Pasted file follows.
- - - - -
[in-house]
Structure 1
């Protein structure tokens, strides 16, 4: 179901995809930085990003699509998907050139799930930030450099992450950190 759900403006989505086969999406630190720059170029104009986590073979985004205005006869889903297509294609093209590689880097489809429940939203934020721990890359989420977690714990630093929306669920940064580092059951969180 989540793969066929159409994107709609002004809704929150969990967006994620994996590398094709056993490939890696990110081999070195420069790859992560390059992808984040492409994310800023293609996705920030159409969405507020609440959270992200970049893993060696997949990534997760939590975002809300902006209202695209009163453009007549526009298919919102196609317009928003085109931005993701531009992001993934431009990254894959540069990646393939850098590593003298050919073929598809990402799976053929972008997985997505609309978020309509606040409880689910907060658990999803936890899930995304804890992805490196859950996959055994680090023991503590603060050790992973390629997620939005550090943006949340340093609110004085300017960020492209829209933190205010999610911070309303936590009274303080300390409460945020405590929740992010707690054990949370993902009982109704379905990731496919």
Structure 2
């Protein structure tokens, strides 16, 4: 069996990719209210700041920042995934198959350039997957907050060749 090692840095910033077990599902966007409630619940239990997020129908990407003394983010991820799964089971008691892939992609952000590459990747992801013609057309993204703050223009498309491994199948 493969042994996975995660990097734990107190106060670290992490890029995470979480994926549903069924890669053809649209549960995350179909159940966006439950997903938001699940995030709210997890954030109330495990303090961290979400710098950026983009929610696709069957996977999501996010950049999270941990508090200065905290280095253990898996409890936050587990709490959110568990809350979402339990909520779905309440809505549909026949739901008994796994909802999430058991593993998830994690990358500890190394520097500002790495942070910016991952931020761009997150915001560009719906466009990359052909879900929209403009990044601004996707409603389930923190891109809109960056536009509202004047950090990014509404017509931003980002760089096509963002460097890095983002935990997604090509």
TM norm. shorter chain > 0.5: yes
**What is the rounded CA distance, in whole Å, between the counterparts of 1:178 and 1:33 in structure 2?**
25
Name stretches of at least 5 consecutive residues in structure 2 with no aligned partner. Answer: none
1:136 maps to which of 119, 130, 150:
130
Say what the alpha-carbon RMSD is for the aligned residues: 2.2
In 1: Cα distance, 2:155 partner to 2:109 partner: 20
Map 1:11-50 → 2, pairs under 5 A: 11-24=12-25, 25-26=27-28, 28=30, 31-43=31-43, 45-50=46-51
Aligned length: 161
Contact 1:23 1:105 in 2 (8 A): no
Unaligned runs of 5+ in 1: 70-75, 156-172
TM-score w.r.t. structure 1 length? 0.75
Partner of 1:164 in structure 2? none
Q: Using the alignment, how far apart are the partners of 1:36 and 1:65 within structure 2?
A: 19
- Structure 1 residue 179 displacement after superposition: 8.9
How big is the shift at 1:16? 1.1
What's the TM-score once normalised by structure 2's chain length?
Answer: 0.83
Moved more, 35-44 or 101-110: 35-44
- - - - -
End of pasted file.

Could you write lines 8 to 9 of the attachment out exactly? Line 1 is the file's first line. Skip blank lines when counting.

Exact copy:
25
Name stretches of at least 5 consecutive residues in structure 2 with no aligned partner. Answer: none